The massacre of May 16, 1998, in Barrancabermeja is a clear example of the friendly relationship between the military and the paramilitaries. Camilo Aurelio Morantes, the head of the paramilitary Autodefensas de Santander y Sur del Cesar (AUSAC), has admitted to ordering the attack on Barrancabermeja, which left 32 civilians dead. Morantes is known by the army and the government to be a paramilitary leader, yet he has not been prosecuted for his leading role in the massacre. Furthermore, witnesses have alleged that soldiers waved the paramilitaries through the army check-point while entering and leaving Barrancabermeja. The government investigated the role of ten of the soldiers involved, and the only one detained was an Army corporal who was charged for personally participating in the massacre. A humanitarian worker in Antioquia told Human Rights Watch, “I can’t count the number of times I’ve been stopped at a joint army-paramilitary roadblock. The soldiers are there with their green uniforms and the paramilitaries with their blue uniforms. It’s like different units of the same army.”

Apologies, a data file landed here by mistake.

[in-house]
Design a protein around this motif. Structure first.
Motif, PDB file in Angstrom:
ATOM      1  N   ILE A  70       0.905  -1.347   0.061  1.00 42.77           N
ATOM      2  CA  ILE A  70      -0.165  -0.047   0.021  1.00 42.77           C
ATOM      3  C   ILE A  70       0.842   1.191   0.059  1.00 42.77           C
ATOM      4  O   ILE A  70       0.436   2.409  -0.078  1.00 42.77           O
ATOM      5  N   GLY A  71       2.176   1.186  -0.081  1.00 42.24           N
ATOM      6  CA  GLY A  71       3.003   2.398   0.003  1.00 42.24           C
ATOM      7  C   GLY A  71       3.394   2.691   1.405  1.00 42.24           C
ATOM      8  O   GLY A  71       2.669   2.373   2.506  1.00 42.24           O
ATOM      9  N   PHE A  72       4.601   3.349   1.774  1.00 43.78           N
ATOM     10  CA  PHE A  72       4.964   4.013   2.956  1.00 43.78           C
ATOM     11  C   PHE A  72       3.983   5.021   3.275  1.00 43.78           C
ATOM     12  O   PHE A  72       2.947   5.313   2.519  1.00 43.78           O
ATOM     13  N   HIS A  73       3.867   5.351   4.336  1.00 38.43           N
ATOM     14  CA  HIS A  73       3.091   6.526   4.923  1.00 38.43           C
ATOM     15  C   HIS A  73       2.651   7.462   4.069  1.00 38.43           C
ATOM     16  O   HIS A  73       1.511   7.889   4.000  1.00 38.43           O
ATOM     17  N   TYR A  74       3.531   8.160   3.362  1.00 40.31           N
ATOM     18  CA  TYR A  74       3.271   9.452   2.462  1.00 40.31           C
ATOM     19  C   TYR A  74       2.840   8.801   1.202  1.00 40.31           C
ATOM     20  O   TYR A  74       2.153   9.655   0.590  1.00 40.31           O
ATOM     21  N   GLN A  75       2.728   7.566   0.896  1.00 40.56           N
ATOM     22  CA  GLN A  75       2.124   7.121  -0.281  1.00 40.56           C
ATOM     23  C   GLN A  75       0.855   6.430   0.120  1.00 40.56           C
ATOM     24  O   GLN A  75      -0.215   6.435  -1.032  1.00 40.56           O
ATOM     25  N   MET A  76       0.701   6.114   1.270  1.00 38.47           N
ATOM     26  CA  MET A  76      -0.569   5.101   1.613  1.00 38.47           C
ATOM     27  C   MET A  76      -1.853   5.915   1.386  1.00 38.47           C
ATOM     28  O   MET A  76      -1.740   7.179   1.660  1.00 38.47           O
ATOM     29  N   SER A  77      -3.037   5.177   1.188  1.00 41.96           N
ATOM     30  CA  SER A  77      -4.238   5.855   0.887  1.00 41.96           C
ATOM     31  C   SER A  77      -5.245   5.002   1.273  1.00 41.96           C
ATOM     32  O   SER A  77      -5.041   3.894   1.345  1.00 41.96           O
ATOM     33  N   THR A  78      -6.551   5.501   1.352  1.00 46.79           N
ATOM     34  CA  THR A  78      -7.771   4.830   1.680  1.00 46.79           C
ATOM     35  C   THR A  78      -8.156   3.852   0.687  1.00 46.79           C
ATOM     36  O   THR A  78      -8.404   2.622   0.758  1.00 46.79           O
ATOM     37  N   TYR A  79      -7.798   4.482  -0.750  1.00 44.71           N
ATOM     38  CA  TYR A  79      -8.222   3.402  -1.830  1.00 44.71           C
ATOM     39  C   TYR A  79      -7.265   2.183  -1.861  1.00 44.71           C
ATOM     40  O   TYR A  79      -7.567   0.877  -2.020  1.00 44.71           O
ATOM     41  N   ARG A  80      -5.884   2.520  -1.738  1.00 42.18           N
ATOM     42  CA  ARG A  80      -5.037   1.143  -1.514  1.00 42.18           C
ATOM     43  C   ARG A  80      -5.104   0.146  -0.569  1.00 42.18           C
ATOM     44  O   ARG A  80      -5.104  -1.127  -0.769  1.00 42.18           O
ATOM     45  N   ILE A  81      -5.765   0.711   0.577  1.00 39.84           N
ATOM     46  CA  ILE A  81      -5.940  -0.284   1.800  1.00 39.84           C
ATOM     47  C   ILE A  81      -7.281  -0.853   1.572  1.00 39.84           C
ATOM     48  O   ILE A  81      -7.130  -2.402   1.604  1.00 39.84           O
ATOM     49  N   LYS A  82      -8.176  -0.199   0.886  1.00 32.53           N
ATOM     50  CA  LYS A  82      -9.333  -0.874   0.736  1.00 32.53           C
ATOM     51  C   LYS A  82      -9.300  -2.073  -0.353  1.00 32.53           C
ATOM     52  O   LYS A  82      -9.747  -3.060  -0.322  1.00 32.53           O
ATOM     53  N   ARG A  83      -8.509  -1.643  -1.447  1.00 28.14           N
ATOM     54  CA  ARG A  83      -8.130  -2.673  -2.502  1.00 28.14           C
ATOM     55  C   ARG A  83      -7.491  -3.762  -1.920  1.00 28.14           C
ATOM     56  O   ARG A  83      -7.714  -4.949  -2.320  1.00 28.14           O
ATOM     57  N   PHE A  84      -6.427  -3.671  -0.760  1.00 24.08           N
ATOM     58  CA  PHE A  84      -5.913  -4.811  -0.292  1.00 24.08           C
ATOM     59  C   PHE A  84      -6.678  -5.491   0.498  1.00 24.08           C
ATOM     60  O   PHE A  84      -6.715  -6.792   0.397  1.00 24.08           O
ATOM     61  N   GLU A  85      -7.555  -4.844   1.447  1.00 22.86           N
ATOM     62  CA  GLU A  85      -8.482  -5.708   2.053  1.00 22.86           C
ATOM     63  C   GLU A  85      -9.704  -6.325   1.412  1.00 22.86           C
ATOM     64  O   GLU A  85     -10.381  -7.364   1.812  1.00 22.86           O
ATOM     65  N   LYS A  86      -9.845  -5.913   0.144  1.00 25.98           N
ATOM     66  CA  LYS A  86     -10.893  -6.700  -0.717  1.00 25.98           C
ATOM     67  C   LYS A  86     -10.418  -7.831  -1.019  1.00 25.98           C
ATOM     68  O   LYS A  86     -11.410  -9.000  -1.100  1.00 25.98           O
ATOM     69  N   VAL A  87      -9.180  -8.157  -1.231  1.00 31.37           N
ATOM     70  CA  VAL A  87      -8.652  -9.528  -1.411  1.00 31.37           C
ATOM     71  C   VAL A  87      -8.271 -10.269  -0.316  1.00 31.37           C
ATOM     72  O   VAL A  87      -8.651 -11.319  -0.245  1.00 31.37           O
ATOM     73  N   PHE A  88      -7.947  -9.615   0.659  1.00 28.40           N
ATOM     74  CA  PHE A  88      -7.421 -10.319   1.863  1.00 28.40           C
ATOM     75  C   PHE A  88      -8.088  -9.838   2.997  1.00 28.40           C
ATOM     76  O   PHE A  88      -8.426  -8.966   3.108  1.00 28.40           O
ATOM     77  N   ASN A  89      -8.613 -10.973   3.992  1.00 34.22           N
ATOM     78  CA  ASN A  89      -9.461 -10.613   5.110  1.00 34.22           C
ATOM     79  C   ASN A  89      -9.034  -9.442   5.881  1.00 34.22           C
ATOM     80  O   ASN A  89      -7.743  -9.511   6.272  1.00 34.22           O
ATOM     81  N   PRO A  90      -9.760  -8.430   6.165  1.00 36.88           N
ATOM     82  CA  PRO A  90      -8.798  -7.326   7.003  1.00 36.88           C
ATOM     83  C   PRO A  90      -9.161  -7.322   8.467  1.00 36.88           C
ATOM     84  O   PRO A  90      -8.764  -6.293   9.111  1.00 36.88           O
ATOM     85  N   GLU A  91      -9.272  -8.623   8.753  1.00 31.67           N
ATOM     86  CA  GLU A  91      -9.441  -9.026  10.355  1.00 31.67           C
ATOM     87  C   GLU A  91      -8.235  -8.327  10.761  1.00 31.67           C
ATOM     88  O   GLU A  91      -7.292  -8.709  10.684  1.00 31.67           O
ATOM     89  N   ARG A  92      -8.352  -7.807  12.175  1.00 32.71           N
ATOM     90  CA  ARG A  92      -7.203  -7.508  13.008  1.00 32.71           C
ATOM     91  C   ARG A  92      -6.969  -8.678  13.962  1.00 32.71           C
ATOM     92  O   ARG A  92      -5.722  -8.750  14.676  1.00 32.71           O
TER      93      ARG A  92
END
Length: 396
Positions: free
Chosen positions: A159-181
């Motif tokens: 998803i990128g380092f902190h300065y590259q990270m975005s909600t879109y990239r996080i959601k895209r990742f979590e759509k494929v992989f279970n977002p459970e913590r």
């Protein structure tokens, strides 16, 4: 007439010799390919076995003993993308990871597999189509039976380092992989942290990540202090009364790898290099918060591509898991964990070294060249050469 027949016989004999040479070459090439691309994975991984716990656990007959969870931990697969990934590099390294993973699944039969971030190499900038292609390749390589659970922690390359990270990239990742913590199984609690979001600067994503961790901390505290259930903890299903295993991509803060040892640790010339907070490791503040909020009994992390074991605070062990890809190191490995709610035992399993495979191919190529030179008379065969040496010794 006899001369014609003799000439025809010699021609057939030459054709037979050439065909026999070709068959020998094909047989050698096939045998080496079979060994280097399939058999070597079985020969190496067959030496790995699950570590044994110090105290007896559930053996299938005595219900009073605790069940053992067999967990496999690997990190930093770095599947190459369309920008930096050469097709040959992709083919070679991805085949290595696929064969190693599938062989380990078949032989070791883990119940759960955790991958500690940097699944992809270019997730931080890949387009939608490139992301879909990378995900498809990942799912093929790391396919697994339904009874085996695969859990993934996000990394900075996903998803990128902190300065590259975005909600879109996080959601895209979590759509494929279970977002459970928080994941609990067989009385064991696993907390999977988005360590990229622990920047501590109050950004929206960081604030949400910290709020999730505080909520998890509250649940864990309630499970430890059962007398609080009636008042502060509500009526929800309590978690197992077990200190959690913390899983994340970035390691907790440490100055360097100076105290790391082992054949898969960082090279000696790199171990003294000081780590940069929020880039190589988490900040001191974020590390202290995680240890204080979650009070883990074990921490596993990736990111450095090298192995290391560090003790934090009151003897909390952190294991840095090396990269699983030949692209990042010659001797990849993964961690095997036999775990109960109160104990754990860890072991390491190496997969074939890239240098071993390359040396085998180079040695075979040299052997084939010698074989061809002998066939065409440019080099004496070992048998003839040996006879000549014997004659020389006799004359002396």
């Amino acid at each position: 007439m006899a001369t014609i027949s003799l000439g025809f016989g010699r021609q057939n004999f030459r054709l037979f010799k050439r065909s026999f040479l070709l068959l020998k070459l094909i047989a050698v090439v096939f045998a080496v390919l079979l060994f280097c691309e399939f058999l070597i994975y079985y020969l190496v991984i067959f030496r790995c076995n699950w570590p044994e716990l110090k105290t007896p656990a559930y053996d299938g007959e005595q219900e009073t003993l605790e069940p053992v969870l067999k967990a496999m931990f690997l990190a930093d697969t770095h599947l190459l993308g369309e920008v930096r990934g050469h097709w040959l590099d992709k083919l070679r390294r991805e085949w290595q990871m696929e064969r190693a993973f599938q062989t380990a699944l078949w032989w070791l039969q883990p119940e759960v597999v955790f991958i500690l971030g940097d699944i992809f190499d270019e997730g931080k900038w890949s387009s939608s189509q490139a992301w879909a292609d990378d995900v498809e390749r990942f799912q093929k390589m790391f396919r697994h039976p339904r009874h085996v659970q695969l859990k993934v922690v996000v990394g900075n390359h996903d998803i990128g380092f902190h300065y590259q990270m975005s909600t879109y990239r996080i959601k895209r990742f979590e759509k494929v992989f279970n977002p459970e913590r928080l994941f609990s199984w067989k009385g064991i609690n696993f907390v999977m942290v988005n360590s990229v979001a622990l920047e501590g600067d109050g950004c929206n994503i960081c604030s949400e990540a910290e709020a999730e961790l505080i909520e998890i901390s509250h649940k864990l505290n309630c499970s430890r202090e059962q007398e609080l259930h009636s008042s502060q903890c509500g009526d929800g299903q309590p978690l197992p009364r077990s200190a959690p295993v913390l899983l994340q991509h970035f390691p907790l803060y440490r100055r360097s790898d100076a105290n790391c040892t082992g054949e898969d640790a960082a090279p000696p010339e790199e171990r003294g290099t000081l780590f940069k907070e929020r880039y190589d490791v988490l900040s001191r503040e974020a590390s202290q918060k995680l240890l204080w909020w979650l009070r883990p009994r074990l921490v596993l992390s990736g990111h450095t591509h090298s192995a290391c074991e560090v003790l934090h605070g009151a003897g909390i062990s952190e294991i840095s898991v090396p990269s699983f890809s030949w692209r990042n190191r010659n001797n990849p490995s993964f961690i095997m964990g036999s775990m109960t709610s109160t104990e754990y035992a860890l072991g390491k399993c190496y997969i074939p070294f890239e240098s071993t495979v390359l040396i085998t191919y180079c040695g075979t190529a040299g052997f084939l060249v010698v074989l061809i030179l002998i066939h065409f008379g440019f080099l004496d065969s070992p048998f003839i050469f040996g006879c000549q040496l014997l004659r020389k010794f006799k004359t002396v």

US Military Aid
The United States provides a great amount of support for the Colombian armed forces despite its abusive track record. First, the United States continues to train Colombian military officers at both the US Army School of the Americas (SOA) at Fort Benning and the Special Warfare Center at Fort Bragg. Representative Joseph Kennedy and the Washington Office on Latin America jointly released a report in July 1998 documenting the specific abuses of Colombian graduates of the School of the Americas.
Before the report was released, a video was shown of Colombian soldiers beating unarmed farmers participating in a peaceful protest and then attacking cameraman Richard Velez, who suffered serious internal injuries. The soldiers were operating under the command of SOA graduate Nestor Ramirez. Another SOA graduate, General Hernan Jose Guzman Rodriguez, was dismissed in November 1994 to improve the armed forces’ public image. Guzman protected and supported the death squad MAS between 1987 and 1990, during which time it was responsible for at least 147 murders. In 1986, Guzman commanded soldiers who detained, tortured, gang raped, and executed a Colombian woman and then invented a story that she had committed suicide by shooting herself in the nape of her neck. Guzman’s portrait has hung in the SOA “Hall of Fame” in Ft. Benning since 1993. A final example is Captain Gilberto Ibarra, SOA class of 1983, who forced three peasant children to walk in front of his patrol and detonate mines, killing two of them and seriously wounding the other.